Heating and cooling

For an efficient heat supply and the increasing demand for environmentally friendly cooling solutions, a number of innovative technologies and effective measures are required. Green Energy Lab shows a few possible solutions.

Renewable energies are also playing an increasingly important role in space heating and air conditioning. In Austria, the share of renewable energy sources in the entire heating and cooling supply is currently only 30% (according to Eurostat it is only 16.7% in the EU area).

For an efficient heat supply and the increasing demand for environmentally friendly cooling solutions, a number of innovative technologies and effective measures are required.

The Green Energy Lab would like to show possible solutions with two projects:

AbSolut – Integration of absorption technologies in district heating and cooling systems

The AbSolut project examines the integration of absorption technologies in district heating and cooling systems. Absorption technologies range from classic absorption heat pumps and cooling systems to absorption heat exchangers. In contrast to conventional compression heat pumps, absorption technologies are not driven electrically, but rather thermally. In addition, the refrigerants used have no global warming potential. In addition to relieving the load on the power grid, absorption technology opens up a large number of new system concepts, such as the use of solar thermal energy or waste heat as sustainable drive energy.

Although absorption technologies have unique properties and are technically well-developed, they have so far only been used as niche solutions in Austria and other European countries.

AbSolut faces this challenge and develops concepts for the efficient integration of these technologies into Austrian district heating and cooling systems. This enables economic and ecological improvements to be achieved in these systems, such as a sustainable reduction in return temperatures and losses in the network. “Heat pump systems hold enormous ecological potential for energy supply. Whereby only economically feasible systems are used and thus actually contribute to decarbonization, which is why this project is particularly relevant, ”says Gerald Zotter, project manager, AEE – Institute for Sustainable Technologies.

As with all projects developed as part of the Green Energy Lab, the AbSolut project is based on close cooperation between users, planners and technology providers. AbSolut is investigating the integration of absorption technologies at various locations in Vienna, Upper Austria, Lower Austria and Styria. AbSolut uses synergies with other Green Energy Lab projects, such as the ThermaFLEX demo project “Wienkanal”, which deals with the use of waste heat from wastewater for heating and cooling the new headquarters of Wien Kanal in Vienna-Blumental.

Heating and cooling with wastewater – Wienkanal

The overarching goal of the project “Heating and cooling with wastewater – Vienna Canal” is the demonstration of an intelligent system based on renewable energies or waste heat from wastewater for heating and cooling a new company headquarters (Vienna Canal) to be built at the Vienna-Blumental site. A combination of innovative heat exchanger and heat pump systems combined with intelligent monitoring is used and is intended to ensure the sustainable energy supply of the headquarters.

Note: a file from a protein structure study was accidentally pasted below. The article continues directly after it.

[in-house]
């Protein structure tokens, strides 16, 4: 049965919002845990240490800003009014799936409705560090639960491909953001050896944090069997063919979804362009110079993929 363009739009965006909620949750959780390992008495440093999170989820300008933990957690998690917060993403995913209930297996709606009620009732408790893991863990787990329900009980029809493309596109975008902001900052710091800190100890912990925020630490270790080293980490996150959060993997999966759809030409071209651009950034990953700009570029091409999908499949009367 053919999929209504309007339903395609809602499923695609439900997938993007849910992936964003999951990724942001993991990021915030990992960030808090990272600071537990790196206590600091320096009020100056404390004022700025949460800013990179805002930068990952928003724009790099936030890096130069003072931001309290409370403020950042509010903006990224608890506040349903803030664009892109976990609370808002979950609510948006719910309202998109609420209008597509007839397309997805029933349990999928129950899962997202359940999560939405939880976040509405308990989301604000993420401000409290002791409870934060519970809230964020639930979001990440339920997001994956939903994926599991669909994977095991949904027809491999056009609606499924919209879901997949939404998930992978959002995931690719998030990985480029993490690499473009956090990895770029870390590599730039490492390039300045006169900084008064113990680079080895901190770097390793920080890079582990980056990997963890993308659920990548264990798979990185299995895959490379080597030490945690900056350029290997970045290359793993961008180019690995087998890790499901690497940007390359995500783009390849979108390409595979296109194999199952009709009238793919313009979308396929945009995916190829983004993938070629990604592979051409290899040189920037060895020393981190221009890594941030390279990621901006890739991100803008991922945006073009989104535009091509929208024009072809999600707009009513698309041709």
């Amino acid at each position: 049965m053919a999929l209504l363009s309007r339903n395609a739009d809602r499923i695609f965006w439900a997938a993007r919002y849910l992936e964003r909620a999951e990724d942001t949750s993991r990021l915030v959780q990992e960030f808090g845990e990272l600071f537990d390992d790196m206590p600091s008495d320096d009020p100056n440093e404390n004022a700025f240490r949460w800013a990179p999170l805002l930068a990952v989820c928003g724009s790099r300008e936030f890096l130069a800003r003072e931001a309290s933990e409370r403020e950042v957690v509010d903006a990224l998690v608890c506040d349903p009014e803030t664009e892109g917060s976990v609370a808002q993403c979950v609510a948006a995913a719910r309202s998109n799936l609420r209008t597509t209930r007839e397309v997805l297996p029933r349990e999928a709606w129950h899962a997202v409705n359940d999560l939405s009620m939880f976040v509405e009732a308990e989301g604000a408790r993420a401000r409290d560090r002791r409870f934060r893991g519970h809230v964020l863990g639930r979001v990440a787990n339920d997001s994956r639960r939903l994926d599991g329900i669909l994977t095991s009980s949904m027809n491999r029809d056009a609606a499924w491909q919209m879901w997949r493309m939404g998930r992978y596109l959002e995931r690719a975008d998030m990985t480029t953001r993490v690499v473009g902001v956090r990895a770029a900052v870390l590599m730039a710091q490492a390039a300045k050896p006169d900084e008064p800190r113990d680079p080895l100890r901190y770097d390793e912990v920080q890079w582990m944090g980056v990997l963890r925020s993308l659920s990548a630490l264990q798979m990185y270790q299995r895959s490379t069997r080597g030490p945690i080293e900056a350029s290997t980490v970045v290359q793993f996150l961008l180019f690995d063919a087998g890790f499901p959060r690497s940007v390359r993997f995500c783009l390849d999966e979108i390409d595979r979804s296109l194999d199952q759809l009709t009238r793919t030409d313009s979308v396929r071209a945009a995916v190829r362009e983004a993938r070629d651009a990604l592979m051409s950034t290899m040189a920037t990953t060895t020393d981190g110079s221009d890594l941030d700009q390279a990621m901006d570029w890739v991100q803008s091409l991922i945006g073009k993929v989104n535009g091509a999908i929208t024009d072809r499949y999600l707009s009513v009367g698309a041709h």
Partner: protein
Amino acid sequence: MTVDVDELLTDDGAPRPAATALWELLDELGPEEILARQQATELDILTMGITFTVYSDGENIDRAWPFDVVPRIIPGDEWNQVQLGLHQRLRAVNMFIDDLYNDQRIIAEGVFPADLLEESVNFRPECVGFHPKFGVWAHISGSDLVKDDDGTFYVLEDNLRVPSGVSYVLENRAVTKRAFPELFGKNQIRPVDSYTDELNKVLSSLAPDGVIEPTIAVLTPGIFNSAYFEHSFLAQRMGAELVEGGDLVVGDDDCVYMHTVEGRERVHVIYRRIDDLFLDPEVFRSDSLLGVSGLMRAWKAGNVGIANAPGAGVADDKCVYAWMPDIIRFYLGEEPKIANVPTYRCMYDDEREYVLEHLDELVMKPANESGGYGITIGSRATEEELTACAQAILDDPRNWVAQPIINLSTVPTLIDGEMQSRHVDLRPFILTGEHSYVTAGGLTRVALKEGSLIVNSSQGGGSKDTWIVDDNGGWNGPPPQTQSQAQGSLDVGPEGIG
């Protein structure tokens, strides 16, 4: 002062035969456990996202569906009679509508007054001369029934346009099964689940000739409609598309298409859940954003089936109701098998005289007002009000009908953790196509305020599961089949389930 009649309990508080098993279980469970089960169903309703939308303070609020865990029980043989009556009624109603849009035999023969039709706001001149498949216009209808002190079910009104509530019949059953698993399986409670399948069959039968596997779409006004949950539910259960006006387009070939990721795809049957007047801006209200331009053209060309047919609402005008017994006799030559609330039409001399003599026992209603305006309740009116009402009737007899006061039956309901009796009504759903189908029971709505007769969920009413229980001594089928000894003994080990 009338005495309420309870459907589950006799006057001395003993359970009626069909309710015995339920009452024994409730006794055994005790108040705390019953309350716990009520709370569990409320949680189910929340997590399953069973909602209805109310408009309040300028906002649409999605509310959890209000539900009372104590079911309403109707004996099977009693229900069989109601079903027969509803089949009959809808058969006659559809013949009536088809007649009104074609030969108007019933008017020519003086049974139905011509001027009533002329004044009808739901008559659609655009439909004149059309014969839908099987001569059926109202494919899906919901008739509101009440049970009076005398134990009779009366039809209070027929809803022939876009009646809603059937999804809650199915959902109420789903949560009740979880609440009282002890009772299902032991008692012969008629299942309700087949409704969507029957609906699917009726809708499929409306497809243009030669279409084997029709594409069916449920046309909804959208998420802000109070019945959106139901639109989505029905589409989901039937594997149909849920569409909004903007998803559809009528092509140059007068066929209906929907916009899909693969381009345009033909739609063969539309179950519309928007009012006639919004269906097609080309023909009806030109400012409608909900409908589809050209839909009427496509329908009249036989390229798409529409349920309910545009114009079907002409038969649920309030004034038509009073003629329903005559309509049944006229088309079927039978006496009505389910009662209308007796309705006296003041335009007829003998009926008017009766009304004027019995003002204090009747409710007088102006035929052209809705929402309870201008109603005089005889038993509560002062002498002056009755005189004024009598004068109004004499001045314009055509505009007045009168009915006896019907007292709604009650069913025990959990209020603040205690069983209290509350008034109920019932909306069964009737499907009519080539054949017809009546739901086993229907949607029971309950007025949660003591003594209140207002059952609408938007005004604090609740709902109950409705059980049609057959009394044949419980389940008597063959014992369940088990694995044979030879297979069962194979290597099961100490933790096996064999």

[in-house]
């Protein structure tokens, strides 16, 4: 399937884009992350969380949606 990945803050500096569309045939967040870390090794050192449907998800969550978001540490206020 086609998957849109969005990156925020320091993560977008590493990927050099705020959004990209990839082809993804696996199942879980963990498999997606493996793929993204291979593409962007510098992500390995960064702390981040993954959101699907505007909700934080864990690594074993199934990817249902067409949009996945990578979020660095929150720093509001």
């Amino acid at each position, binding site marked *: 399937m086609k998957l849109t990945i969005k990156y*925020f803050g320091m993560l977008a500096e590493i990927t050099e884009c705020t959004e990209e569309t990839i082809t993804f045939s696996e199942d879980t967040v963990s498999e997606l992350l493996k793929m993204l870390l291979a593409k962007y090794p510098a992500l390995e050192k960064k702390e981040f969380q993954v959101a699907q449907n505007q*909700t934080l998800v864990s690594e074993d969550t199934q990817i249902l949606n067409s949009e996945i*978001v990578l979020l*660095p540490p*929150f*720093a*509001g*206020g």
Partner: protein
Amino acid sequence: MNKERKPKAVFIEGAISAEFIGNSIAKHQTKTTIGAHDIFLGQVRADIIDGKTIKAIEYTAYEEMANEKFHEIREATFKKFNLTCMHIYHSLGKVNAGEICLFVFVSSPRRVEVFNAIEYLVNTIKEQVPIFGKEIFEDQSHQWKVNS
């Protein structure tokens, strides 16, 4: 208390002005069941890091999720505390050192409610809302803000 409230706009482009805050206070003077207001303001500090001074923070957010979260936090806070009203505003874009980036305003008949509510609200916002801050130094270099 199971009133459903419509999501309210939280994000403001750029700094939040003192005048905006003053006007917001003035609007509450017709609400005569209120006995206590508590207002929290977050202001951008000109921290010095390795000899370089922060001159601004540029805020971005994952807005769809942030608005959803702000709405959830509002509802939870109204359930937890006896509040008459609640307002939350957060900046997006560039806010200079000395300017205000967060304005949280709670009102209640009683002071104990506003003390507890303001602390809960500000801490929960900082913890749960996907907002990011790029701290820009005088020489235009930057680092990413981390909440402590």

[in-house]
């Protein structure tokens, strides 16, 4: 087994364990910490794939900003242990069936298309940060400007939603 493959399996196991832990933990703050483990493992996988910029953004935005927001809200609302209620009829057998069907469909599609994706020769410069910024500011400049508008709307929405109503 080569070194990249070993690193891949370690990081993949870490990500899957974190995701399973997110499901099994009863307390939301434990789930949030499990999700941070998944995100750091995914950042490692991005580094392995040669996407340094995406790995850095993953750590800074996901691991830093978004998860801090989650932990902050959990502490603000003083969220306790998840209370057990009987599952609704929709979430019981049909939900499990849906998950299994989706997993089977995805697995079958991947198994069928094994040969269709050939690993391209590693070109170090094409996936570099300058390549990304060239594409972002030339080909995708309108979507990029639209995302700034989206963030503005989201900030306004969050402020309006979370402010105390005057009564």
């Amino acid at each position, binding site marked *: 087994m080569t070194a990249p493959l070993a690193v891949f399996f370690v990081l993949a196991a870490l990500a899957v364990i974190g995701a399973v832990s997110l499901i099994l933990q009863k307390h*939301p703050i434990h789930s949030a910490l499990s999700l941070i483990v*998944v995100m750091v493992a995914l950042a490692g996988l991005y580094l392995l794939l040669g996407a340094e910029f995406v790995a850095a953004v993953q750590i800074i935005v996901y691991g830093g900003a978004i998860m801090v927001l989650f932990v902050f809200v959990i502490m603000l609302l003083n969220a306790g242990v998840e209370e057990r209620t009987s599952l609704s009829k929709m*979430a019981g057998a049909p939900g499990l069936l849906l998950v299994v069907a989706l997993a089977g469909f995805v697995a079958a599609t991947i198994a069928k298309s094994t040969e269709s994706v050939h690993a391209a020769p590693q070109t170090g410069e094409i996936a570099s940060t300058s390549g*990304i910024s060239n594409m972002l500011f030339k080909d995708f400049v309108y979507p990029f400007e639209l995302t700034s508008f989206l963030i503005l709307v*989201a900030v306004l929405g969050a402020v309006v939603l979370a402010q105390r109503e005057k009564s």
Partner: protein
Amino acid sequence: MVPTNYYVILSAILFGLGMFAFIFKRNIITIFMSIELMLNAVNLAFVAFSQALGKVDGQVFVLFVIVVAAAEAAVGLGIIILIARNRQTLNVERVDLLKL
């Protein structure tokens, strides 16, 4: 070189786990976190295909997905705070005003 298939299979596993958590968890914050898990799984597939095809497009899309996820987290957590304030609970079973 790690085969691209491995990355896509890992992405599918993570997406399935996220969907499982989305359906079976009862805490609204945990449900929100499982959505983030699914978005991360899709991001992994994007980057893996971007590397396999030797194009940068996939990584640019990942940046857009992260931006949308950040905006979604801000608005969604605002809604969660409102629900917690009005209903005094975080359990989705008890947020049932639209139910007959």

Around 73% of the energy consumption in the building sector (source IEA “Energy consumption of the OECD countries in the residential sector”) is used for heating, cooling and hot water preparation. So far, almost exclusively CO₂-critical energy sources have been used for this.

It is therefore important to switch quickly to renewable energy sources. In this context, the energetic use of municipal and commercial wastewater is becoming increasingly important. Every day a large amount of wastewater is generated in every household and business. Wastewater is still considered a “dirty business”. But from this supposedly “dirty” water, “clean” energy can be obtained easily and efficiently.

The so far largely unused wastewater is available as a renewable energy source all year round, around the clock. The temperature in the canal is between 12 and 18 ° C all year round and is therefore higher than the temperature of the outside air, geothermal energy or groundwater even in winter. Wastewater can be used for heating, but also for cooling buildings. Heat exchangers extract thermal energy from the wastewater or, in the case of cooling, return heat to the sewer. Heat pumps bring the energy source to the required temperature level. The energy obtained can also be fed into district heating networks or so-called “cold networks”. The project presented here is a prime example of how wastewater energy can be used efficiently and in an environmentally friendly way for heating and cooling in the new headquarters of Wien Kanal. “The use of energy from wastewater is an innovative technology, so heating AND cooling can be implemented from renewable energy, thus making a valuable contribution to decarbonization!” says Rainer Wiedemann, project leader, Rabmer Greentech GmbH.